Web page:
“The death toll number is always provisional, in a way,” Goldman said. “I assume people won’t stop trying to find remains and the work will take a very, very long time.”
Of the scores killed, only nine victims were identified as of Thursday, Maui County officials said.
To help speed up identification, the FBI announced Friday the opening of a site where people could provide DNA samples that would then be matched with the remains that have already been found.
Forensic anthropologists may use dental records and fingerprints to help confirm a person’s identity. But in Lahaina, where dental offices were burned down and where the fire was so severe it incinerated cars and melted metal, traditional methods may not apply in each case.
“For individuals who die in mass fatalities from burning or an explosion, it can fragment the body, and very high temperatures can break down the DNA molecules, so it makes the identification process more difficult,” said Robert Mann, a forensic anthropologist and medical professor at the University of Hawaii, who is assisting in Maui.
But it’s not impossible, he said.
“You can make an identification from one bone or one tooth,” he said. “That one bone holds DNA in it.”
Maui officials are also turning to rapid DNA-testing machines, which were used in the 2018 Camp Fire in Northern California, a monstrous blaze that claimed 85 lives. DNA-testing devices were used more recently to help identify the remains of soldiers killed in the war in Ukraine.
A spokesperson for rapid DNA-testing company ANDE Corp. said it had dispatched a disaster-response team to assist in Hawaii. The company’s instrument creates a unique DNA profile for the human remains, and while that can be done within a couple of hours, awaiting a matching DNA sample, such as a cheek swab from a direct family member — a parent, child or sibling — is what often delays the procedure.
The wildfires in Maui led to entire families going missing and feared dead. Some victims may have no known direct family members, while others may be international travelers or from outside Hawaii, and so direct family members may not be available to provide a DNA sample easily. In addition, there may be people who are wary of sharing their DNA, no matter the circumstances.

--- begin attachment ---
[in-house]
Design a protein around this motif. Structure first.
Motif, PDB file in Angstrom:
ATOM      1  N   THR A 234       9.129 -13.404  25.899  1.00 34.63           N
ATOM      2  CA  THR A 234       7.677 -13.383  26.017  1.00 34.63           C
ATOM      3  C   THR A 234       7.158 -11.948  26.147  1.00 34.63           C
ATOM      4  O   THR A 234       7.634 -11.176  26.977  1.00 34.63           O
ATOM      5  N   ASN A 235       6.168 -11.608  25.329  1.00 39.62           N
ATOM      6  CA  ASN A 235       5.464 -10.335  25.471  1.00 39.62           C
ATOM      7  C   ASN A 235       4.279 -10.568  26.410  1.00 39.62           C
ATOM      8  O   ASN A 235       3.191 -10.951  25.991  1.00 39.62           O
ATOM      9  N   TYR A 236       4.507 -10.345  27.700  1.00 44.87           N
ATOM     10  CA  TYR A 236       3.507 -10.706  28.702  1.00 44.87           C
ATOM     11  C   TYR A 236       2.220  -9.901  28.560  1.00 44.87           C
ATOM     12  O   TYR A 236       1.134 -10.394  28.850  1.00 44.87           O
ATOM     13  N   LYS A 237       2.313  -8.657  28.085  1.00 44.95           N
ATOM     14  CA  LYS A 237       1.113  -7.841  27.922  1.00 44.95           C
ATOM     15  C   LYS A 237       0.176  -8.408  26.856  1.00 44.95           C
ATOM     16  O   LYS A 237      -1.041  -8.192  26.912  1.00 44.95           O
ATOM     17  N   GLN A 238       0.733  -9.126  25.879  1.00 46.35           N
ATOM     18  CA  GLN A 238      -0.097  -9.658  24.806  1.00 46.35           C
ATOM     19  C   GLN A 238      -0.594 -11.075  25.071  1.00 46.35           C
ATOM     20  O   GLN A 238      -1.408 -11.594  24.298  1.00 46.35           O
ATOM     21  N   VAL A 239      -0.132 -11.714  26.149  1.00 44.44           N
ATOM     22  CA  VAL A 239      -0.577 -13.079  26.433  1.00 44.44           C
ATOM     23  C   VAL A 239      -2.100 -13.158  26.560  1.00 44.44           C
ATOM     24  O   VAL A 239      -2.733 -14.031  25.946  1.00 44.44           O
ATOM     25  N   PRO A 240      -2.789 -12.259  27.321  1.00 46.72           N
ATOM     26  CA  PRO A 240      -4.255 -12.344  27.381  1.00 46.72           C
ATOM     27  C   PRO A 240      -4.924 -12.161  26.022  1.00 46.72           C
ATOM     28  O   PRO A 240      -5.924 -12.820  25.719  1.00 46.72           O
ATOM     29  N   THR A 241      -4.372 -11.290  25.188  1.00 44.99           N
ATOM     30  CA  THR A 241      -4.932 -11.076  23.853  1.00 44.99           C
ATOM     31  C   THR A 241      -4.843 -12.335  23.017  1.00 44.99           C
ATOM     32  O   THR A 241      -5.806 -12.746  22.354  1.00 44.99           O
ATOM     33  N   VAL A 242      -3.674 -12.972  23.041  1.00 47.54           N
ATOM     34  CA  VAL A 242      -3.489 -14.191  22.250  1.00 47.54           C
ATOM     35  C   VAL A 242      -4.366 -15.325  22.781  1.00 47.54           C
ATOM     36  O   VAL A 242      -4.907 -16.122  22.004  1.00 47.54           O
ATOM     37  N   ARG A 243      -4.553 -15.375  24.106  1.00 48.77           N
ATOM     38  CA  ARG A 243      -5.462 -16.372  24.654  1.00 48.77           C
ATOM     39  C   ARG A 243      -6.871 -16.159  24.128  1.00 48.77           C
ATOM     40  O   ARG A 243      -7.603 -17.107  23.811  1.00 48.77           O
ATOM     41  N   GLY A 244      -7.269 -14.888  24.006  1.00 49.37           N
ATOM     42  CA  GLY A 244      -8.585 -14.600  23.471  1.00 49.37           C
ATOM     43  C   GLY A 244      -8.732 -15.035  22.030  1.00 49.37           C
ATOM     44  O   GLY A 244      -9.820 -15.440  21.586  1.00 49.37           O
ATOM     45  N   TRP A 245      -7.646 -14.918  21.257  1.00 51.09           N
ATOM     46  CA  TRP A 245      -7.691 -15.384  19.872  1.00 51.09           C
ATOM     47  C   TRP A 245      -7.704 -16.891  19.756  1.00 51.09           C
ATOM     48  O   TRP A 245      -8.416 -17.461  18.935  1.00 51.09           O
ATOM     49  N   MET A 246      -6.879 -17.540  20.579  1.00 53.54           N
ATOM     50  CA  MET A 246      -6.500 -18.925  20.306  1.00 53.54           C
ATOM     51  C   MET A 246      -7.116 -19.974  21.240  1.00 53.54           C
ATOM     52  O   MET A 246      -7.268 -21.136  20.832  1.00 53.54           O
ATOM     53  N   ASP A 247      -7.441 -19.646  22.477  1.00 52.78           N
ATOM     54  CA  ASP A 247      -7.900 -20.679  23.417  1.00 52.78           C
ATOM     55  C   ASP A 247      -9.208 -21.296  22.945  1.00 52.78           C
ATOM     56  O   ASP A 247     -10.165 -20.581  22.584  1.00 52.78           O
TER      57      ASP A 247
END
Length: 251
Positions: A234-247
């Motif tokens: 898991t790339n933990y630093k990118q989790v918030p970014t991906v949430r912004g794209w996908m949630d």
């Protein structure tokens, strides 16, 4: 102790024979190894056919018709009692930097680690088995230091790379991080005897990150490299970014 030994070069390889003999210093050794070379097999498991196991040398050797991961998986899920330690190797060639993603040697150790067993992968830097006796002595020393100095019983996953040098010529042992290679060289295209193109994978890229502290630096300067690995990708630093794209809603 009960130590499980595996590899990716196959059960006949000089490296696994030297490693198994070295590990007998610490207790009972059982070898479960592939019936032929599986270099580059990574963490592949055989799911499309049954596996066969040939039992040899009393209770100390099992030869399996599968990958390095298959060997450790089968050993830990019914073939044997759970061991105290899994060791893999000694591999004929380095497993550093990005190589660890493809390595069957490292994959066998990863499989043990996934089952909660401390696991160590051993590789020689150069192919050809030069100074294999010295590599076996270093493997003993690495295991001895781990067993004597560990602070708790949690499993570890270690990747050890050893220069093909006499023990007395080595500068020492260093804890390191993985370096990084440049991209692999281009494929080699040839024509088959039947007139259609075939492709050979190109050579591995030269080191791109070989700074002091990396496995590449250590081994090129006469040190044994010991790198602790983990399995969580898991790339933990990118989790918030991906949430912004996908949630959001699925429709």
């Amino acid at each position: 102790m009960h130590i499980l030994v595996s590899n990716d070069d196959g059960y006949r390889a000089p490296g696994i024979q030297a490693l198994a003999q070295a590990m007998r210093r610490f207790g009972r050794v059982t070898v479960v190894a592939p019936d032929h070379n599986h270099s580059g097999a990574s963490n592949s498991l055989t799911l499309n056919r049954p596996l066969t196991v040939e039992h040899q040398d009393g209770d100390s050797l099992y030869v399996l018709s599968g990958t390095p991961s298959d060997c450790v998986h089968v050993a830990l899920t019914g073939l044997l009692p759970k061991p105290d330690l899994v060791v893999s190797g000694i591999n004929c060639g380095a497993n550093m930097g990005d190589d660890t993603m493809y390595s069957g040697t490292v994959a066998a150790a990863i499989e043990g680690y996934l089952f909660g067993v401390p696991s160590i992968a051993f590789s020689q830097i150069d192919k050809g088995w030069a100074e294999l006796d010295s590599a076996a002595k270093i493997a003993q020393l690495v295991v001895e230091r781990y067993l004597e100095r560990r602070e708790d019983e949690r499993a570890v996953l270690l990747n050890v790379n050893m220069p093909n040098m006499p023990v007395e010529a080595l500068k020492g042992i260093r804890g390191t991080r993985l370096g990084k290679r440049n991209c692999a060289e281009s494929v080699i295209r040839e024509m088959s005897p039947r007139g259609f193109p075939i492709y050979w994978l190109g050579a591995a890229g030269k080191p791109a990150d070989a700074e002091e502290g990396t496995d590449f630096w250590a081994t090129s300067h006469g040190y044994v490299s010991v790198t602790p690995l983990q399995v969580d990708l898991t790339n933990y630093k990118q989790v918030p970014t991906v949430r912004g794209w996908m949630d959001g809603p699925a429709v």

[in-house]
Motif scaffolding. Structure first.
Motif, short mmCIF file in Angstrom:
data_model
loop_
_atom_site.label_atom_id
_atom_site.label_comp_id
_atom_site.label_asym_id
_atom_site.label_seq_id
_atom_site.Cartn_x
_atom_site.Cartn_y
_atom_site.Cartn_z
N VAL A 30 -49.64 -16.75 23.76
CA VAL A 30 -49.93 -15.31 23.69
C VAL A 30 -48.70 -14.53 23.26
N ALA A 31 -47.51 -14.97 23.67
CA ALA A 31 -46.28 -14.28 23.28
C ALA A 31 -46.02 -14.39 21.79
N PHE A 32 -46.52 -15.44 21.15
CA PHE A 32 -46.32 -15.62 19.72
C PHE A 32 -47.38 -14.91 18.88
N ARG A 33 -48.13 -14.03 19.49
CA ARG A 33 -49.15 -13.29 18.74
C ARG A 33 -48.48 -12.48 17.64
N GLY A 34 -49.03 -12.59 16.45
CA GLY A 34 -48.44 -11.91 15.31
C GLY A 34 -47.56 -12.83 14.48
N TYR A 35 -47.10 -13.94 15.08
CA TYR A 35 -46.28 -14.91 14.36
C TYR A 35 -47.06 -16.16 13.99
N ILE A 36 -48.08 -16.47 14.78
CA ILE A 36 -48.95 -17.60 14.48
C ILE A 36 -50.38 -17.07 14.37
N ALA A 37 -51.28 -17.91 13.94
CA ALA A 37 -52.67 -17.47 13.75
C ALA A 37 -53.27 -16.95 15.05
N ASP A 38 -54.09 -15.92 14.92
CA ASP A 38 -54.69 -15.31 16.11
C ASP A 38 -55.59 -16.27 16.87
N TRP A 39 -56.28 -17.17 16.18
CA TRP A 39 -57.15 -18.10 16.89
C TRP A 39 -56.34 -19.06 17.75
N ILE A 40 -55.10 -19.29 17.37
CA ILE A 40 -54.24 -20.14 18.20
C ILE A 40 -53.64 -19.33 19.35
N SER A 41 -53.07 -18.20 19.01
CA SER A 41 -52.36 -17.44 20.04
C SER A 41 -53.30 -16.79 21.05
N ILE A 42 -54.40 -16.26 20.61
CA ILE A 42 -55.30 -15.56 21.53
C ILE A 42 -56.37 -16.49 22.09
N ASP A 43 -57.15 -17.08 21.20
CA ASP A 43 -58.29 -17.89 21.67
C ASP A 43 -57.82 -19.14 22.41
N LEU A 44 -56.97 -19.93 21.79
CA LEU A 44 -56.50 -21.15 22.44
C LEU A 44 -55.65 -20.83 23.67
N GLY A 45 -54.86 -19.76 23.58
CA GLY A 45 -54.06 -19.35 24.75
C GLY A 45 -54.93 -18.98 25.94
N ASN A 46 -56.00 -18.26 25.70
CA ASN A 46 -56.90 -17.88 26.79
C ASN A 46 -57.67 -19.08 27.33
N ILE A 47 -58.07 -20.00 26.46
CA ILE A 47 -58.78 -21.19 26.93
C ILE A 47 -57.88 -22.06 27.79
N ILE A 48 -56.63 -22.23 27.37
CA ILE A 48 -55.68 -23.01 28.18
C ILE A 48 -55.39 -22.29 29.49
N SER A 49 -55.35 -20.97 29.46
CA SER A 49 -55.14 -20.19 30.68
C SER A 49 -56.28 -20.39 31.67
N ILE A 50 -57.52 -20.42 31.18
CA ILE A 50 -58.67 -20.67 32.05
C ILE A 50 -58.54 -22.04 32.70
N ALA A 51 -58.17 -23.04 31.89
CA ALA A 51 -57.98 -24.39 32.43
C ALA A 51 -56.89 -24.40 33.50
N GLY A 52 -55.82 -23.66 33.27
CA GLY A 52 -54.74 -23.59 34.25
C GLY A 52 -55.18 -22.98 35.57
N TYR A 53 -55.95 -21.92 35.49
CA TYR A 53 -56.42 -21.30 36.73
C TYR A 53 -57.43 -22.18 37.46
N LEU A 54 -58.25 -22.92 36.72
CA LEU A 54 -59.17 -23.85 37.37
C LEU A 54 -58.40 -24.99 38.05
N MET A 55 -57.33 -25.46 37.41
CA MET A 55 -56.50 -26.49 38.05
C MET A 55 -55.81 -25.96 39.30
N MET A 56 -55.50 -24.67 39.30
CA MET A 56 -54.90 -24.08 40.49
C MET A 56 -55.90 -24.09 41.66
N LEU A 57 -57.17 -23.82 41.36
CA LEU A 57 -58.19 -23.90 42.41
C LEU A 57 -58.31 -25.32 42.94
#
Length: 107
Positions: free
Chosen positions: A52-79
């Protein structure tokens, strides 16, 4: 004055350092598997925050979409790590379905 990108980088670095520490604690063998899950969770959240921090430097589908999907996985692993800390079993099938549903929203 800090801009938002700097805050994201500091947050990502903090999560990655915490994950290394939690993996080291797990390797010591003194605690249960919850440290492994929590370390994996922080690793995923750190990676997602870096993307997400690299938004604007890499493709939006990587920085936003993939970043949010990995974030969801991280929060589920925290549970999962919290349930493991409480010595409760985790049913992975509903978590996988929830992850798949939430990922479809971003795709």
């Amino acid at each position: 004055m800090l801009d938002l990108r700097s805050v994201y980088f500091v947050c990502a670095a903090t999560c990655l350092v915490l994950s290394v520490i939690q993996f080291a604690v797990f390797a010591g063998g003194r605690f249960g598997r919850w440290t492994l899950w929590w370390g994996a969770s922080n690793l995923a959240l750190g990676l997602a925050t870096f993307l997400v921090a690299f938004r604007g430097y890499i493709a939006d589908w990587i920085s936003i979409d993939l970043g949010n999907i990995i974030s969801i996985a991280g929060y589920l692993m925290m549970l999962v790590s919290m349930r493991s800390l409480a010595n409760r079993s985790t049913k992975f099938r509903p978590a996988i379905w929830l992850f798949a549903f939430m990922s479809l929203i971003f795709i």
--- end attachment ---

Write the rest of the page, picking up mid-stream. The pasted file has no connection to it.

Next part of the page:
ANDE, the rapid DNA-testing company, said it retains the DNA sample only for purposes of finding and confirming an identity match. The FBI’s Honolulu Field Office said the agency would not keep samples.
Ultimately, confirming identities as soon as possible means a victim’s family can receive a death certificate and move forward with funeral arrangements, insurance claims and other estate matters.
“Something people wonder about is how long is this all going to take,” Mann said. “There’s no crystal ball to answer the how long question.”
Determining a death toll
Puerto Rico’s government initially placed the death toll from Hurricane Maria at 64 people.
But that number didn’t tell the full magnitude of the powerful storm that unleashed devastation and flash flooding on the island and decimated its power grid. The George Washington University report in 2018 found an estimated 2,975 excess deaths in the six months after the disaster, when people presumably succumbed to a lack of adequate medical care and other causes indirectly related to the hurricane.
The same may hold true in Maui.
“You may see indirect deaths — people who die not because they were exposed to the fires but because of the conditions caused by the disaster,” Goldman said.
Further classifying causes of death will be time-consuming. Some people may never be found if they perished in the flames, officials warned.
“For those people who have walked into Lahaina because they really wanted to see, know that they’re very likely walking on ‘iwi,'” Hawaii Gov. Josh Green said at a news conference this week, referring to the Hawaiian word for bones.